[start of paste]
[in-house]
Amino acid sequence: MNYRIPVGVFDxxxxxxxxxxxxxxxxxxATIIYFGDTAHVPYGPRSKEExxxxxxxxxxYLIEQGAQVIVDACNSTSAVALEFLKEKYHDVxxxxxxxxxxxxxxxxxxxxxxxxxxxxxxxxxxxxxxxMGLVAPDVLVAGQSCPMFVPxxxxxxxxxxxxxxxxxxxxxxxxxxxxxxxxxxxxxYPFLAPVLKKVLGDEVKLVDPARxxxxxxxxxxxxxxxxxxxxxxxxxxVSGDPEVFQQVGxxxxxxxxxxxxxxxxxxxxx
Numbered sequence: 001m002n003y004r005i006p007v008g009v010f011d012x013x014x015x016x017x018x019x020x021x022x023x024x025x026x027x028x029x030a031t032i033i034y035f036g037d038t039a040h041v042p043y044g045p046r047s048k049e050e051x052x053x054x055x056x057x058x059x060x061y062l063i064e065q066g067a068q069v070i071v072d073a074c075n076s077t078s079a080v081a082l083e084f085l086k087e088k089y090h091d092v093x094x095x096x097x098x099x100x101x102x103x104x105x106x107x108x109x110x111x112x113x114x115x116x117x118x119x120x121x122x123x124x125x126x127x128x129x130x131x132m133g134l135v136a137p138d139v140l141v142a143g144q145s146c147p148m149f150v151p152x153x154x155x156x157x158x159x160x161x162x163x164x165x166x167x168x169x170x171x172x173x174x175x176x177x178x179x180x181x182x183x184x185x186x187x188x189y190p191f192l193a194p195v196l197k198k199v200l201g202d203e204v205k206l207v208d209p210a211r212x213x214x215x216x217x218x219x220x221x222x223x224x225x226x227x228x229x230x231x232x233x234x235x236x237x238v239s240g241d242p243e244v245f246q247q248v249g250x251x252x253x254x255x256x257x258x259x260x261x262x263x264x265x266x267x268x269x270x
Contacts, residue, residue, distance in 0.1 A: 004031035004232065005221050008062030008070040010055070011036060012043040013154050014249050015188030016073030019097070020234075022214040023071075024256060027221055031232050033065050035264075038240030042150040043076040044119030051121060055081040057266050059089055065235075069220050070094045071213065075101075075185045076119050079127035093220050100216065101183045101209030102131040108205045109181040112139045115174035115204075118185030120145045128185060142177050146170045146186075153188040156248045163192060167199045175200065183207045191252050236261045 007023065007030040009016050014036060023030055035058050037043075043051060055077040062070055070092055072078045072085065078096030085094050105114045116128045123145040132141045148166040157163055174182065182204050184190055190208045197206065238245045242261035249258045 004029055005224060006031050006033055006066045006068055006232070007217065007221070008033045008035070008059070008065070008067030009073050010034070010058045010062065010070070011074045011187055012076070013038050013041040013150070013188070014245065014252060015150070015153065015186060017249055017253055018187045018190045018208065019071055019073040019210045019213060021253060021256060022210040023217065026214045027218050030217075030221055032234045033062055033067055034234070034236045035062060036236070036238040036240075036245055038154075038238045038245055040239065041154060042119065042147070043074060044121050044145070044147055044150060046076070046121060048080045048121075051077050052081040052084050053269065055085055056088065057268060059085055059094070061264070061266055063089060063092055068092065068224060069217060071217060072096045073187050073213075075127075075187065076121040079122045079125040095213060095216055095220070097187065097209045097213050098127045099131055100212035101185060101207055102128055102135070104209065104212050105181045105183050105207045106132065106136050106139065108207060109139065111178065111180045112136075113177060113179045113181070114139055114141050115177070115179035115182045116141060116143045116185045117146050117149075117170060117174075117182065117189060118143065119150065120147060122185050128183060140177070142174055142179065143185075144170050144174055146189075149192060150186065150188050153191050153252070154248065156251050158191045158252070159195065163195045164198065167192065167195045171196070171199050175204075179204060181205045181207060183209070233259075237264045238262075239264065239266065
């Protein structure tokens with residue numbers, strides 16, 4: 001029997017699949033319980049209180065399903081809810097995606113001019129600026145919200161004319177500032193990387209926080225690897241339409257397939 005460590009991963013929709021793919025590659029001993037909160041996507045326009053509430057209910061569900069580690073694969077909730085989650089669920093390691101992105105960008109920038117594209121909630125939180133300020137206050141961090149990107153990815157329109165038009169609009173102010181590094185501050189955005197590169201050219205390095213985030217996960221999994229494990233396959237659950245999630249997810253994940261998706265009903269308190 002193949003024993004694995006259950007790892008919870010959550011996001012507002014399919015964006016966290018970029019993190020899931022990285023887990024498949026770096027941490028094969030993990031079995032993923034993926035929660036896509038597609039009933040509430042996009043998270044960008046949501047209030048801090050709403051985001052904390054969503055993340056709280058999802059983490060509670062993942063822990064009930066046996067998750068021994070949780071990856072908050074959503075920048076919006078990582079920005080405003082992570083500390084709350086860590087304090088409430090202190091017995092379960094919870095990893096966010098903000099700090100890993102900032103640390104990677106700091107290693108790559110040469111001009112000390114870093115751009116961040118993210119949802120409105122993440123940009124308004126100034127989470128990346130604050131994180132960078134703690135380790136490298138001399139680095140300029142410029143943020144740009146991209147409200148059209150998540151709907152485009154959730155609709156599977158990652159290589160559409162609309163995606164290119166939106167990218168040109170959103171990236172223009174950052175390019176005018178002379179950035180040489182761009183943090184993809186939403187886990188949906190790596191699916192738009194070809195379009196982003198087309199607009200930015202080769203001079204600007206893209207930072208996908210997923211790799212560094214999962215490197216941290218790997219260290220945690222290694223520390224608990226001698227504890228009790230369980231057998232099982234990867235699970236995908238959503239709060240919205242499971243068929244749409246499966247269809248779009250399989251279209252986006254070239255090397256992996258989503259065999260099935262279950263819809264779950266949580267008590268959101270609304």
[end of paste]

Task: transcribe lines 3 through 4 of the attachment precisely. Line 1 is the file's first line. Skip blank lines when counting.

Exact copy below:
Numbered sequence: 001m002n003y004r005i006p007v008g009v010f011d012x013x014x015x016x017x018x019x020x021x022x023x024x025x026x027x028x029x030a031t032i033i034y035f036g037d038t039a040h041v042p043y044g045p046r047s048k049e050e051x052x053x054x055x056x057x058x059x060x061y062l063i064e065q066g067a068q069v070i071v072d073a074c075n076s077t078s079a080v081a082l083e084f085l086k087e088k089y090h091d092v093x094x095x096x097x098x099x100x101x102x103x104x105x106x107x108x109x110x111x112x113x114x115x116x117x118x119x120x121x122x123x124x125x126x127x128x129x130x131x132m133g134l135v136a137p138d139v140l141v142a143g144q145s146c147p148m149f150v151p152x153x154x155x156x157x158x159x160x161x162x163x164x165x166x167x168x169x170x171x172x173x174x175x176x177x178x179x180x181x182x183x184x185x186x187x188x189y190p191f192l193a194p195v196l197k198k199v200l201g202d203e204v205k206l207v208d209p210a211r212x213x214x215x216x217x218x219x220x221x222x223x224x225x226x227x228x229x230x231x232x233x234x235x236x237x238v239s240g241d242p243e244v245f246q247q248v249g250x251x252x253x254x255x256x257x258x259x260x261x262x263x264x265x266x267x268x269x270x
Contacts, residue, residue, distance in 0.1 A: 004031035004232065005221050008062030008070040010055070011036060012043040013154050014249050015188030016073030019097070020234075022214040023071075024256060027221055031232050033065050035264075038240030042150040043076040044119030051121060055081040057266050059089055065235075069220050070094045071213065075101075075185045076119050079127035093220050100216065101183045101209030102131040108205045109181040112139045115174035115204075118185030120145045128185060142177050146170045146186075153188040156248045163192060167199045175200065183207045191252050236261045 007023065007030040009016050014036060023030055035058050037043075043051060055077040062070055070092055072078045072085065078096030085094050105114045116128045123145040132141045148166040157163055174182065182204050184190055190208045197206065238245045242261035249258045 004029055005224060006031050006033055006066045006068055006232070007217065007221070008033045008035070008059070008065070008067030009073050010034070010058045010062065010070070011074045011187055012076070013038050013041040013150070013188070014245065014252060015150070015153065015186060017249055017253055018187045018190045018208065019071055019073040019210045019213060021253060021256060022210040023217065026214045027218050030217075030221055032234045033062055033067055034234070034236045035062060036236070036238040036240075036245055038154075038238045038245055040239065041154060042119065042147070043074060044121050044145070044147055044150060046076070046121060048080045048121075051077050052081040052084050053269065055085055056088065057268060059085055059094070061264070061266055063089060063092055068092065068224060069217060071217060072096045073187050073213075075127075075187065076121040079122045079125040095213060095216055095220070097187065097209045097213050098127045099131055100212035101185060101207055102128055102135070104209065104212050105181045105183050105207045106132065106136050106139065108207060109139065111178065111180045112136075113177060113179045113181070114139055114141050115177070115179035115182045116141060116143045116185045117146050117149075117170060117174075117182065117189060118143065119150065120147060122185050128183060140177070142174055142179065143185075144170050144174055146189075149192060150186065150188050153191050153252070154248065156251050158191045158252070159195065163195045164198065167192065167195045171196070171199050175204075179204060181205045181207060183209070233259075237264045238262075239264065239266065